What Your Scores Mean
These scores are calculated as a percentage of the possible points you could have scored for each attribute. This can help you understand how strong your leanings are towards a specific trait. As you might guess, a higher score means you identify with an attribute more. This isn't a right-or-wrong type of score- just an extra indicator of your preferences!
What is the Domain Breakdown?
This is a snapshot of what form of compensation matters most to you and the balance between them. The report is intentionally broad and should be used only as a guide as assess your fit with an opportunity. The three domains (Approach, Environment, and Outcomes) are presented as a diagram proportionally divided to correlate with your responses. We find it helps to see the forest before we focus on the trees.
Your results have been compiled below! With WorkFit DX, you will see your High-low Report, which includes breakdowns of your top 3 and bottom 3 key indicators, as well as your Mid Report, which shows which attributes fall in the center of your workplace preferences.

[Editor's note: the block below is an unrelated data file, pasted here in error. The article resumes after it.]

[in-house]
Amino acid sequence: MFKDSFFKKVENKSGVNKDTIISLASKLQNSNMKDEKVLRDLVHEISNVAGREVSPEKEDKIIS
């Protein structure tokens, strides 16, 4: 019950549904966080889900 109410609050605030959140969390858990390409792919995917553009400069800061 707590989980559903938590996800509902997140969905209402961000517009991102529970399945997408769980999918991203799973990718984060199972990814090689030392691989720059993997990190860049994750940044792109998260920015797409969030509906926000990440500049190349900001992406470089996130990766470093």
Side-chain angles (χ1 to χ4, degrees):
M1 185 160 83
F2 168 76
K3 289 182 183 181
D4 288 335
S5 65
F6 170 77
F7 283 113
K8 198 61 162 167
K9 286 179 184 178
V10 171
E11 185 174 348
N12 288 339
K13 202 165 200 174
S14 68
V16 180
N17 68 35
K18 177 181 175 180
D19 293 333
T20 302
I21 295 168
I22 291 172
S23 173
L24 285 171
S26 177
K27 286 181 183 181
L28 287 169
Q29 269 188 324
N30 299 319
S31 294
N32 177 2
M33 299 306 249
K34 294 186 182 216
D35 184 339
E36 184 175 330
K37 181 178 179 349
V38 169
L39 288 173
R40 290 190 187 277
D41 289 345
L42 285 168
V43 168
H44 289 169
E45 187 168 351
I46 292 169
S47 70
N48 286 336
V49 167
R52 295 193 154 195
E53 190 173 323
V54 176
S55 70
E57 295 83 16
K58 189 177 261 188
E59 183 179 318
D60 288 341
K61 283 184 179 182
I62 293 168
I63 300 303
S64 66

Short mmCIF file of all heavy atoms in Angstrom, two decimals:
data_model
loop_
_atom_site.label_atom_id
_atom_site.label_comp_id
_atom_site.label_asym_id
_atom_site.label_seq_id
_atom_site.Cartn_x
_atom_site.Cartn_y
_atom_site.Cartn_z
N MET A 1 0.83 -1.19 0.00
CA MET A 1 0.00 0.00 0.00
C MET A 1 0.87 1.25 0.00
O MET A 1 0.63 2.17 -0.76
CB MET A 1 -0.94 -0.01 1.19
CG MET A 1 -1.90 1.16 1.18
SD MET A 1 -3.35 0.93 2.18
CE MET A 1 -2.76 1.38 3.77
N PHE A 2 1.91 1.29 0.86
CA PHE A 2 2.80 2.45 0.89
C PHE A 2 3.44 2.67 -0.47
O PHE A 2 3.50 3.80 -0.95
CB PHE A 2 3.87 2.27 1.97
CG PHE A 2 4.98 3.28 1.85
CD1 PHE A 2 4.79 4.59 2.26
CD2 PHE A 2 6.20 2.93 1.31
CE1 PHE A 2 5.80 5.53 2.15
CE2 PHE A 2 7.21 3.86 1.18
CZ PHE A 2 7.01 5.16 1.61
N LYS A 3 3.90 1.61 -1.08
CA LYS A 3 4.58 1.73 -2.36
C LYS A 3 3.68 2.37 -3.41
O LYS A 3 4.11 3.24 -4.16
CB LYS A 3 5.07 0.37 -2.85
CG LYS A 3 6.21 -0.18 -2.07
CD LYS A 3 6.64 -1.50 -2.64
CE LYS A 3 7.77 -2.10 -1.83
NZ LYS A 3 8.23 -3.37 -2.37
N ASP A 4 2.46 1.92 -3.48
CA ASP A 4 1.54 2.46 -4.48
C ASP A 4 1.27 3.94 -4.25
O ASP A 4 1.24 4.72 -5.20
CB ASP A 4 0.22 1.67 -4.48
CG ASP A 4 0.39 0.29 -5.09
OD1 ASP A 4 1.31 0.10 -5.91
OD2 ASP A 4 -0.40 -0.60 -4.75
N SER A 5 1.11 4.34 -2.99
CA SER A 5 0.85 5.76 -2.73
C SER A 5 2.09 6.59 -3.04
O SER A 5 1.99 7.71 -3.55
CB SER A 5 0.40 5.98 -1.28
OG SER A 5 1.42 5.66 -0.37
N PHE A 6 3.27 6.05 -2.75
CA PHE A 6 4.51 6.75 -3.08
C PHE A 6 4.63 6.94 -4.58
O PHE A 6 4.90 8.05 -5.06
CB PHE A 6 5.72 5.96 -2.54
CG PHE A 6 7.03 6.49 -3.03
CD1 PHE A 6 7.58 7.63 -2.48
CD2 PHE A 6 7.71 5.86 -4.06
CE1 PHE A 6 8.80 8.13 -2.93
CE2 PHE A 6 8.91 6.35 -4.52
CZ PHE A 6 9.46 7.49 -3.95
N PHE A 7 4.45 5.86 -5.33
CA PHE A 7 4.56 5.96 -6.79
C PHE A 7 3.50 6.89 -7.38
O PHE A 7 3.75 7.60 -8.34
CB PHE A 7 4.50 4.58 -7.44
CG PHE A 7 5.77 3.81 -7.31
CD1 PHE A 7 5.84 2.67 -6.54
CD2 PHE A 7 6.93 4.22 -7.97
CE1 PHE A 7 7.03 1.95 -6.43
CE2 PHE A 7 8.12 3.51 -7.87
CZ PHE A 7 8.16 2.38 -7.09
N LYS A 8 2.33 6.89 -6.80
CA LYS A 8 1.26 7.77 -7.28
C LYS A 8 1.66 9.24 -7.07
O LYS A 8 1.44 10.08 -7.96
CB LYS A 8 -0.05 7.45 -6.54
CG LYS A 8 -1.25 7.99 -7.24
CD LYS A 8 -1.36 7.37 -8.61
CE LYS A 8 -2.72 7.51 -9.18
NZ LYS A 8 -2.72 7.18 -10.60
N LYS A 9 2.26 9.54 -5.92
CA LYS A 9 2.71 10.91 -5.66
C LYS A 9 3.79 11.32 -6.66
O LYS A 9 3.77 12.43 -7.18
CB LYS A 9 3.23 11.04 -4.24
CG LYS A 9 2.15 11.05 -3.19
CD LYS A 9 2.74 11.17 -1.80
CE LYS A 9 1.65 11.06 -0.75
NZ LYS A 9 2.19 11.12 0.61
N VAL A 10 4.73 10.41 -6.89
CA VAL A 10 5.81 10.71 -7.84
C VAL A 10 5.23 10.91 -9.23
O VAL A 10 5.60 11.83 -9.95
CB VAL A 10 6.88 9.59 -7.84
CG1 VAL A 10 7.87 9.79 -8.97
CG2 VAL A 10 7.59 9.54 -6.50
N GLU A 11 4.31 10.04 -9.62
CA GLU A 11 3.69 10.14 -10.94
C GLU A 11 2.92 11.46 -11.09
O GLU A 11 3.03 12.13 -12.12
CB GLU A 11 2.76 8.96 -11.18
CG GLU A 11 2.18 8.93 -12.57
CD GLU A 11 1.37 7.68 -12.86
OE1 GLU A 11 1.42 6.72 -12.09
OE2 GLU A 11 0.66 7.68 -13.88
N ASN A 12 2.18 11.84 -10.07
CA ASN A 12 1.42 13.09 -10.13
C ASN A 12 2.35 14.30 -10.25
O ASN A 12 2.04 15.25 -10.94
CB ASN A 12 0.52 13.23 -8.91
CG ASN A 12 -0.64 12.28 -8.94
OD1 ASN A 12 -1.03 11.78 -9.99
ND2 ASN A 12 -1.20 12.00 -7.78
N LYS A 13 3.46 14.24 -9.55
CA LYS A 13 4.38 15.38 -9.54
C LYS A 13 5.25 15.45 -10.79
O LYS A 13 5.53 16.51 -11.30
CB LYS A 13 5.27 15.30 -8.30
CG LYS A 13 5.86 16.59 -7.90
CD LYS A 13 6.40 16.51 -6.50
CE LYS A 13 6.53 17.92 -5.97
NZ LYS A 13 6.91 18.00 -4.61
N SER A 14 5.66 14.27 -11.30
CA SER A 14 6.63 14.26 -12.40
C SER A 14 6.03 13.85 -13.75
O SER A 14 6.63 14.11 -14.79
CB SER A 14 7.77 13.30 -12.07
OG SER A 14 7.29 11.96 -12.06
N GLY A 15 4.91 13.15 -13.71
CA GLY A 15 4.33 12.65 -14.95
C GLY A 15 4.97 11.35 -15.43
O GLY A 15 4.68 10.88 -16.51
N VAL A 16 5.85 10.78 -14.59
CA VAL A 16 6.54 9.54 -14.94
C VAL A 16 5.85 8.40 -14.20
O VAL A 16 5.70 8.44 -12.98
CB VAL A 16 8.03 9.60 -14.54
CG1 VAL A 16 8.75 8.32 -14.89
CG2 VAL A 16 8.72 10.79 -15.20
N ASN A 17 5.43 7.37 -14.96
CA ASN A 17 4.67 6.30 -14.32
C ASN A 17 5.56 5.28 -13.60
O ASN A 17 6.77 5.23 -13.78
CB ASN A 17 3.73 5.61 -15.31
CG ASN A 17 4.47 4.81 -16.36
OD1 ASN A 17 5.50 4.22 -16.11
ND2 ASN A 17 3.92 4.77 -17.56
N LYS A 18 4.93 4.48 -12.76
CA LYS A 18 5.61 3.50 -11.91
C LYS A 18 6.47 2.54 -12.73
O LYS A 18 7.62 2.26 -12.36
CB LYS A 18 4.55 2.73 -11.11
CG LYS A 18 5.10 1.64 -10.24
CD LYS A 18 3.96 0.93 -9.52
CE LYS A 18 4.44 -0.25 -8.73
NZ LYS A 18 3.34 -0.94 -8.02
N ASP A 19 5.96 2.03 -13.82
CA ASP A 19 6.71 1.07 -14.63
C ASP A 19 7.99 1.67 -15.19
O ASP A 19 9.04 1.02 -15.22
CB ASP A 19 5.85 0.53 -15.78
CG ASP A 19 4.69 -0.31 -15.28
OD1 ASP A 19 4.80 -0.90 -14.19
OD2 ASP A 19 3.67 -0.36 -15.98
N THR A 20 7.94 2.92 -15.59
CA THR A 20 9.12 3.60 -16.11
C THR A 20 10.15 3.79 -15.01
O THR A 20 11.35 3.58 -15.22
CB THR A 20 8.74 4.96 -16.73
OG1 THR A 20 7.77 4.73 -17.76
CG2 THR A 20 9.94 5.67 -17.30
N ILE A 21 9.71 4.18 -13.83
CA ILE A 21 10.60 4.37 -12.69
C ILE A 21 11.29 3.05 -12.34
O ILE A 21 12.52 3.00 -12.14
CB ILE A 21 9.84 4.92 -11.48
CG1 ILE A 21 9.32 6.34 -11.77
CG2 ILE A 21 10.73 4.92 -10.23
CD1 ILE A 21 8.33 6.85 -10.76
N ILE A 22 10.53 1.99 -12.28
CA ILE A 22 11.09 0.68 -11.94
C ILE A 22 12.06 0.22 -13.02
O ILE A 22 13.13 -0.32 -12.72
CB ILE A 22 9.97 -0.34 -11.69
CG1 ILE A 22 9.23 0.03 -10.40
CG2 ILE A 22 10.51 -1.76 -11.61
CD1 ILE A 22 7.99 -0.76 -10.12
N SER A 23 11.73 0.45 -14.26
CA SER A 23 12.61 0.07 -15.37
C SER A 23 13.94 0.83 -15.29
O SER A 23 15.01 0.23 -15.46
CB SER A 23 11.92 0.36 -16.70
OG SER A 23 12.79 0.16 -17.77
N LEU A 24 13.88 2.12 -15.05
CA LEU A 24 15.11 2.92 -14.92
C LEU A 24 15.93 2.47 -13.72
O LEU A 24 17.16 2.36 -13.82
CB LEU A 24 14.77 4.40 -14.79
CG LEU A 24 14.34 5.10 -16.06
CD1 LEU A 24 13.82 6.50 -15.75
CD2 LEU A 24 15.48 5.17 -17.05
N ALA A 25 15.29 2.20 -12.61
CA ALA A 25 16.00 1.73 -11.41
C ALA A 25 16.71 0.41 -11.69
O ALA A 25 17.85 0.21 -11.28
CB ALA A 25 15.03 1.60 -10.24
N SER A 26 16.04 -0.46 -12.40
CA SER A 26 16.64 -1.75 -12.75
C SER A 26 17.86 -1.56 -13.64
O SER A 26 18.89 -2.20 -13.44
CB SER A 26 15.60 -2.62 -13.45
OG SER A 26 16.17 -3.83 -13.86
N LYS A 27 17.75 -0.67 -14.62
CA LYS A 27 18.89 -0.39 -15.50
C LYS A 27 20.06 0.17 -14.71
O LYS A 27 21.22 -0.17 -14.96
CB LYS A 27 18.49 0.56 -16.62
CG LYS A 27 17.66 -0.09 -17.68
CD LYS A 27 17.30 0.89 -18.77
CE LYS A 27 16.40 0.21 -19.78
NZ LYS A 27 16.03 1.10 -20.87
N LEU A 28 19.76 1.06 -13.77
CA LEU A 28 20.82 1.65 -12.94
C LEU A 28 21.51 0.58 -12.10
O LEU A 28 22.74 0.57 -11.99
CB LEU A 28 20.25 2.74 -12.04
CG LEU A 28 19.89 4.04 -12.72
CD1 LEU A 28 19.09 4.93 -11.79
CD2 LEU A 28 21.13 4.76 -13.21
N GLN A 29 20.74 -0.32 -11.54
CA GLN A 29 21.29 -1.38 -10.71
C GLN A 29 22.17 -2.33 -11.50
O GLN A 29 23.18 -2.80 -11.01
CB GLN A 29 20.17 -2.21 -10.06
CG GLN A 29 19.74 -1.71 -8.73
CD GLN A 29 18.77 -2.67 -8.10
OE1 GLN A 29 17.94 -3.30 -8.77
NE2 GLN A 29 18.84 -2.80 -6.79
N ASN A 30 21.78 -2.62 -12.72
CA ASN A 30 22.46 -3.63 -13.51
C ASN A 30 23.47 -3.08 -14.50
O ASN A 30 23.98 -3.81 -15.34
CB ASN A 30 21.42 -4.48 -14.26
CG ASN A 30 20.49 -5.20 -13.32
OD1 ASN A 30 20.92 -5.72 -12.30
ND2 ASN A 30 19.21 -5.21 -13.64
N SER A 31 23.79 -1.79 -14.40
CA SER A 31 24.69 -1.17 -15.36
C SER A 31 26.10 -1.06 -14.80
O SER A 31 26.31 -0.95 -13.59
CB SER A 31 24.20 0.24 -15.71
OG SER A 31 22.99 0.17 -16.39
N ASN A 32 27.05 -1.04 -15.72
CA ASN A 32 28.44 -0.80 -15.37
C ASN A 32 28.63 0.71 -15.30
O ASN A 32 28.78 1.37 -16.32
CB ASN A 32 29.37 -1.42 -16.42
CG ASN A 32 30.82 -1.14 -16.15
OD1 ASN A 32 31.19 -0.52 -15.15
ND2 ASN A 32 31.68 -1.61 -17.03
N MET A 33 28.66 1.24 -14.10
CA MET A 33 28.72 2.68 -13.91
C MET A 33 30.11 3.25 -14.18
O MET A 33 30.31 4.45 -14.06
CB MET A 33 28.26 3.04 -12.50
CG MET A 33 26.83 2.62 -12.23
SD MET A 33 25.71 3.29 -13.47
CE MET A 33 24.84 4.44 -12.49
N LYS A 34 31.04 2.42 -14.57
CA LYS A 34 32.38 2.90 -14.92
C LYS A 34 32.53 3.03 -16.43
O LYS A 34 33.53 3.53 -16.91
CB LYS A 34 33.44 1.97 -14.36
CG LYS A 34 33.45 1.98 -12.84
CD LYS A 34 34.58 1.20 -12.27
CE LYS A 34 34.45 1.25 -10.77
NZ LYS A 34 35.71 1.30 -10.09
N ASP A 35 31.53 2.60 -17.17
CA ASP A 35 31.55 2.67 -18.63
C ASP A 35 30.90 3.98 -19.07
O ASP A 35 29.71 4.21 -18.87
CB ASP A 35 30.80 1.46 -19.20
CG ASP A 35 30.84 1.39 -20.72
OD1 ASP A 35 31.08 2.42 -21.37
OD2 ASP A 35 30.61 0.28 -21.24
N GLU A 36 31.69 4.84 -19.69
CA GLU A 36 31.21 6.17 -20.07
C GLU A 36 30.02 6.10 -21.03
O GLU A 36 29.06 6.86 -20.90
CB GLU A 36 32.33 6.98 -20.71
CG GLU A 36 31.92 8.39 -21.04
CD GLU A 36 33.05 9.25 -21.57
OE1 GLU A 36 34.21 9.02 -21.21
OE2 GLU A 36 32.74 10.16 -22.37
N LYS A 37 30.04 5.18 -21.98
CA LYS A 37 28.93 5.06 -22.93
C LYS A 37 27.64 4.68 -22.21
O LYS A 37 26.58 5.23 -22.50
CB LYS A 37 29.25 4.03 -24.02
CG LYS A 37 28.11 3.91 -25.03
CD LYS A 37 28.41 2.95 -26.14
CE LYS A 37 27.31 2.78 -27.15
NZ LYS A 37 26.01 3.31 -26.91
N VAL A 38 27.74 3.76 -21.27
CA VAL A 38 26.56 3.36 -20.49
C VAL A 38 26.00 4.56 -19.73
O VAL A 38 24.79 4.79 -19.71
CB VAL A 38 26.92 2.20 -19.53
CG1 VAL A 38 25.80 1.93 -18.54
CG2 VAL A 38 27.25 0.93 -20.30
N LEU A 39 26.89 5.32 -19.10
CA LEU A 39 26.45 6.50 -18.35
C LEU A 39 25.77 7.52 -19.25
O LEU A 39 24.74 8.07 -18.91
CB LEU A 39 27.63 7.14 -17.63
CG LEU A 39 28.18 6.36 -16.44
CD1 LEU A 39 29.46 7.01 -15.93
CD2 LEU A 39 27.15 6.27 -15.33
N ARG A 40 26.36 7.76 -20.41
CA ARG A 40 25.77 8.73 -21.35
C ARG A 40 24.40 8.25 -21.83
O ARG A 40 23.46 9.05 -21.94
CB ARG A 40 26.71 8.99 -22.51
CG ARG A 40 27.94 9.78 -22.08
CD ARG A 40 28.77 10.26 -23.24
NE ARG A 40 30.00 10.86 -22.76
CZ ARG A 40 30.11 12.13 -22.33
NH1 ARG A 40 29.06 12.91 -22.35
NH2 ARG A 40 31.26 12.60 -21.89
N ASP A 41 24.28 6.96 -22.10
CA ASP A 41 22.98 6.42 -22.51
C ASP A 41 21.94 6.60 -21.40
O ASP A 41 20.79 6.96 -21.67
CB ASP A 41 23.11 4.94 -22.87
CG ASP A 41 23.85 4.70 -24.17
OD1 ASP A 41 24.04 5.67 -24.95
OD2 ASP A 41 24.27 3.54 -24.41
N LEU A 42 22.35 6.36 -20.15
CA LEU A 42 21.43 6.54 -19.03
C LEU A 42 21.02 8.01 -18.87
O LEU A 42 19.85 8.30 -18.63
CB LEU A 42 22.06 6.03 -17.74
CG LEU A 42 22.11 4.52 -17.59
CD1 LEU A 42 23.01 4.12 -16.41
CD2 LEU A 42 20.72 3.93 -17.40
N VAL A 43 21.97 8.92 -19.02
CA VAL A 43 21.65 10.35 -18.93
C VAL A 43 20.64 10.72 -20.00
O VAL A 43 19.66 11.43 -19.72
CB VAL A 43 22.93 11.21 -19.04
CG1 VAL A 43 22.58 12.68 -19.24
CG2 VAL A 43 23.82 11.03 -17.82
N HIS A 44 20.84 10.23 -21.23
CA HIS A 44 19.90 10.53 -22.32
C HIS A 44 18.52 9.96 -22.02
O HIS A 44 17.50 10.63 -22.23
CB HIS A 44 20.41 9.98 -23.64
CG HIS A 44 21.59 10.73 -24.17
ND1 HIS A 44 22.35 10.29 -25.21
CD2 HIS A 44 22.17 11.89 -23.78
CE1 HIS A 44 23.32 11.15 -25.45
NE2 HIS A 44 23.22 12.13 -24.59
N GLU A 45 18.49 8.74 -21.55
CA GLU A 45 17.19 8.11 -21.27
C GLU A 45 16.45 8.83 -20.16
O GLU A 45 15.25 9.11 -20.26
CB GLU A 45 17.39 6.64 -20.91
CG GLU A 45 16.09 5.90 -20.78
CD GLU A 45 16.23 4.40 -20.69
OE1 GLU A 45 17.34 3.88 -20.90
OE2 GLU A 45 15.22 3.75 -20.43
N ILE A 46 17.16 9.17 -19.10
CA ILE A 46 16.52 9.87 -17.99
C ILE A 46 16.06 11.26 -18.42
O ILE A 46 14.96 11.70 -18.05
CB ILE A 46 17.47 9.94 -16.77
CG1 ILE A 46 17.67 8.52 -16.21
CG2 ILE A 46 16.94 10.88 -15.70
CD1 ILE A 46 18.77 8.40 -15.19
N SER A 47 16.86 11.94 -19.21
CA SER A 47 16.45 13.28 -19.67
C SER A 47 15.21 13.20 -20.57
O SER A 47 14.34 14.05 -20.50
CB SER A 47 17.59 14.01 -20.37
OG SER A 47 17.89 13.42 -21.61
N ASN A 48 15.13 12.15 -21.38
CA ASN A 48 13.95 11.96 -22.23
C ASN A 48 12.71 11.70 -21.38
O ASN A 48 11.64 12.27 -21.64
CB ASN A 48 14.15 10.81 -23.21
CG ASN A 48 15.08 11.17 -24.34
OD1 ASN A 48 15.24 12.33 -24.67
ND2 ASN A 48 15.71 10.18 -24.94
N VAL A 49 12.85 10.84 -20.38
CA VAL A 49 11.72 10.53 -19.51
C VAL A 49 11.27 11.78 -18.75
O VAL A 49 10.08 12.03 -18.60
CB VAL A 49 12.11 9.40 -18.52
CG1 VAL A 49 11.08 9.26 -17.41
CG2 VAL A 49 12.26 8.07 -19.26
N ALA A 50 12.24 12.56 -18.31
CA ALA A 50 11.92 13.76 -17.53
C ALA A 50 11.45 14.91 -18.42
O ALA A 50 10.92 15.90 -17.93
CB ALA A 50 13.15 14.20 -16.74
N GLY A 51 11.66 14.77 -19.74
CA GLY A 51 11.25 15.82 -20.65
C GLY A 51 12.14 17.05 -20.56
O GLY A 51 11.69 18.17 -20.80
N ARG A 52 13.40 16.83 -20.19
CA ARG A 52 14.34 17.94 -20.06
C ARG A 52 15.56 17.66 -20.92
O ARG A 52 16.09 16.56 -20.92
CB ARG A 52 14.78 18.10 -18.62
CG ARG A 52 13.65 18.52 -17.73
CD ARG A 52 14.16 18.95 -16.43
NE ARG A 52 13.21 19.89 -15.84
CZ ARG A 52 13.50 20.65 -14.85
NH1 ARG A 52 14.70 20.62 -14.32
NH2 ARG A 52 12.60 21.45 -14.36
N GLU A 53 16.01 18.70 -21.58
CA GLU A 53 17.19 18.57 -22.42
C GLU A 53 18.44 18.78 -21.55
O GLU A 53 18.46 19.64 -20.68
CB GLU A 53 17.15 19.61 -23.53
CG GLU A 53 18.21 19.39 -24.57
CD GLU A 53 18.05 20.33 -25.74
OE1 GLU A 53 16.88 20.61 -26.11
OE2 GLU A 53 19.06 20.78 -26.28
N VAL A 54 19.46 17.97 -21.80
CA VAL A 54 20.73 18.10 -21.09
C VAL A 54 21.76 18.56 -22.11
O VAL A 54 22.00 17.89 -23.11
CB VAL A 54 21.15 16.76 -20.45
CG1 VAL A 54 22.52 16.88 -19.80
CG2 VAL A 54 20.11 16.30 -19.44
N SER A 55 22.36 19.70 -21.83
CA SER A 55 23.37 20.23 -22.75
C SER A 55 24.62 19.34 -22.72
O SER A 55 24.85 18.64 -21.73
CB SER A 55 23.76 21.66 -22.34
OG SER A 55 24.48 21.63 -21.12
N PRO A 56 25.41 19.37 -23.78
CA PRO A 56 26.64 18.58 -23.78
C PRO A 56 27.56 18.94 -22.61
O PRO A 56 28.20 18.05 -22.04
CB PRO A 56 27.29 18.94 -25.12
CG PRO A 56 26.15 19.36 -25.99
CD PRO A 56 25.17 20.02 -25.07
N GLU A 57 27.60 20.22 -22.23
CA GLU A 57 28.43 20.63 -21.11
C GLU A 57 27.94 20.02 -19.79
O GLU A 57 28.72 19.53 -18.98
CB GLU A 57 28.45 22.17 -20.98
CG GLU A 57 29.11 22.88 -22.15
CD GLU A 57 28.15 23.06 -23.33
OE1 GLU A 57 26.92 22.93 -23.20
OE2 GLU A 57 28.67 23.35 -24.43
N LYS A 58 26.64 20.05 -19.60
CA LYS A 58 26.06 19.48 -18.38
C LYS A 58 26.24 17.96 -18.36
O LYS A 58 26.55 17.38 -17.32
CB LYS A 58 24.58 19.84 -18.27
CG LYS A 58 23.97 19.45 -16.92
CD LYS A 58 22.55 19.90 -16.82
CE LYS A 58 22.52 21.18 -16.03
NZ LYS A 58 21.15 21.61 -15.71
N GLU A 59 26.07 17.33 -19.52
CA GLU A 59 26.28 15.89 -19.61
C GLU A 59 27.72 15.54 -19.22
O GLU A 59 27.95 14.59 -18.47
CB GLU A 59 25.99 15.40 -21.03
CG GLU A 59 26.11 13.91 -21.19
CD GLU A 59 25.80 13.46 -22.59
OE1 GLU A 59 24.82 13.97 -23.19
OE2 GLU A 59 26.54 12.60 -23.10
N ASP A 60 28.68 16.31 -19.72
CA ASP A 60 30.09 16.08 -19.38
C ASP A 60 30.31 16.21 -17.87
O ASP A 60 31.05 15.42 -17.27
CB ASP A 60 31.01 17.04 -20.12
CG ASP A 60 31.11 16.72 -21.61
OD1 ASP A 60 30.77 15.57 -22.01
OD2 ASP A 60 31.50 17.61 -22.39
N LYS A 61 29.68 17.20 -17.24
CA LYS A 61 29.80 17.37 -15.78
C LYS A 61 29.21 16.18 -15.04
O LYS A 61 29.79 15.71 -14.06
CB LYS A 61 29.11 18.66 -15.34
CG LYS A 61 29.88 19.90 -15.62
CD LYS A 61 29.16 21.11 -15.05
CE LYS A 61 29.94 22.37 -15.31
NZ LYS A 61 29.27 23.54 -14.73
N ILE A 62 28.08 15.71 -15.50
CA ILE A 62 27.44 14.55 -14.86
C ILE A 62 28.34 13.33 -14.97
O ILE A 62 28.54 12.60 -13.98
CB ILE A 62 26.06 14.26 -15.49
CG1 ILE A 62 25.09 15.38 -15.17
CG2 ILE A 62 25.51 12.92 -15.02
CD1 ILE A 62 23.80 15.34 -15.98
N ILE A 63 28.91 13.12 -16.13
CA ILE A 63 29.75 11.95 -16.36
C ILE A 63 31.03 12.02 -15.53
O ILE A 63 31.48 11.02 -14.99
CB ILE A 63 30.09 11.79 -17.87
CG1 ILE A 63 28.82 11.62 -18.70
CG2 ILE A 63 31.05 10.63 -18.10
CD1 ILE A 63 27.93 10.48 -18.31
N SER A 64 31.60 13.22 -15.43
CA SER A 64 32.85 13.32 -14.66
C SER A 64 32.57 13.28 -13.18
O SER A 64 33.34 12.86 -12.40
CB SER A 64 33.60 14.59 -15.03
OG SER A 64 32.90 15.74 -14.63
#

Check out our guide on How to Read Your Results.
Domain BreakdownWhat's this?
The strength of our Domain scores indicates what domain and category of attribution we value most. While not as specific as the individual results that follow, these results help us better understand our priorities and enable more productive conversations with our employers. Consider focusing negotiations and team-building discussions around the Domains that are strongest, even if you need to give a little on the side of the circle that is smallest. (For more tips on developing Domain-based strategies, contact a Career Placement Specialist.)
The following results represent the Attributes that contribute most to your fit with employment opportunities. With the insights shared below, you should be able to develop a strategy that will effectively support career selection, contract negotiation, employee evaluation, and self-discovery.
Purpose Highest Attribute
With purpose high in your results, you should look for opportunities to connect your efforts with the employer's mission, or even to a deeper purpose. You will likely find the greatest satisfaction in your work if you are part of a cause or have a clear sense of who you are serving and are not just collecting a paycheck or working up the corporate ladder. Focus on what matters most to you and look to connect with organizations that share your passions. Realize that you can find purpose in many different areas, including in your contribution to clients, your co-workers/team, or the overarching goal/mission of the organization.